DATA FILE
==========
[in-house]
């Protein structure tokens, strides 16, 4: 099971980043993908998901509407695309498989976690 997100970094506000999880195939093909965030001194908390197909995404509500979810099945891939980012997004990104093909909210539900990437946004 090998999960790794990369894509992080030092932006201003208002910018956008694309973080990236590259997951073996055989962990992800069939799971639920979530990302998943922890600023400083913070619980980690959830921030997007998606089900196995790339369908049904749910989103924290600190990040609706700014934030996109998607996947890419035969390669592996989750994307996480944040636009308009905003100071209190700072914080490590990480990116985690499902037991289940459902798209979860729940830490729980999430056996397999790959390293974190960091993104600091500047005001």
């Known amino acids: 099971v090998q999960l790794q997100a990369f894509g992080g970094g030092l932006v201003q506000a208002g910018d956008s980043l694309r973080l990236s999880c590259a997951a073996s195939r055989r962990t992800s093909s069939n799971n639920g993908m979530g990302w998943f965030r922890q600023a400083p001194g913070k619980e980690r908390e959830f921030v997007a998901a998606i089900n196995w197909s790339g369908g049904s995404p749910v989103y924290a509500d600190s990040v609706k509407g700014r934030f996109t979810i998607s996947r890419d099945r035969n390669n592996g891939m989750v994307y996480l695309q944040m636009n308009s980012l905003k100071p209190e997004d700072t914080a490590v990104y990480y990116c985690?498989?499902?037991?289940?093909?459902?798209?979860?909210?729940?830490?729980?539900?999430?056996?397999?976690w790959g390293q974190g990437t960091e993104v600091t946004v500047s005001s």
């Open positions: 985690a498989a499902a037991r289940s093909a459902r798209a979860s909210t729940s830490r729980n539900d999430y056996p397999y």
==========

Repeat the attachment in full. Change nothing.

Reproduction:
[in-house]
């Protein structure tokens, strides 16, 4: 099971980043993908998901509407695309498989976690 997100970094506000999880195939093909965030001194908390197909995404509500979810099945891939980012997004990104093909909210539900990437946004 090998999960790794990369894509992080030092932006201003208002910018956008694309973080990236590259997951073996055989962990992800069939799971639920979530990302998943922890600023400083913070619980980690959830921030997007998606089900196995790339369908049904749910989103924290600190990040609706700014934030996109998607996947890419035969390669592996989750994307996480944040636009308009905003100071209190700072914080490590990480990116985690499902037991289940459902798209979860729940830490729980999430056996397999790959390293974190960091993104600091500047005001």
């Known amino acids: 099971v090998q999960l790794q997100a990369f894509g992080g970094g030092l932006v201003q506000a208002g910018d956008s980043l694309r973080l990236s999880c590259a997951a073996s195939r055989r962990t992800s093909s069939n799971n639920g993908m979530g990302w998943f965030r922890q600023a400083p001194g913070k619980e980690r908390e959830f921030v997007a998901a998606i089900n196995w197909s790339g369908g049904s995404p749910v989103y924290a509500d600190s990040v609706k509407g700014r934030f996109t979810i998607s996947r890419d099945r035969n390669n592996g891939m989750v994307y996480l695309q944040m636009n308009s980012l905003k100071p209190e997004d700072t914080a490590v990104y990480y990116c985690?498989?499902?037991?289940?093909?459902?798209?979860?909210?729940?830490?729980?539900?999430?056996?397999?976690w790959g390293q974190g990437t960091e993104v600091t946004v500047s005001s």
């Open positions: 985690a498989a499902a037991r289940s093909a459902r798209a979860s909210t729940s830490r729980n539900d999430y056996p397999y």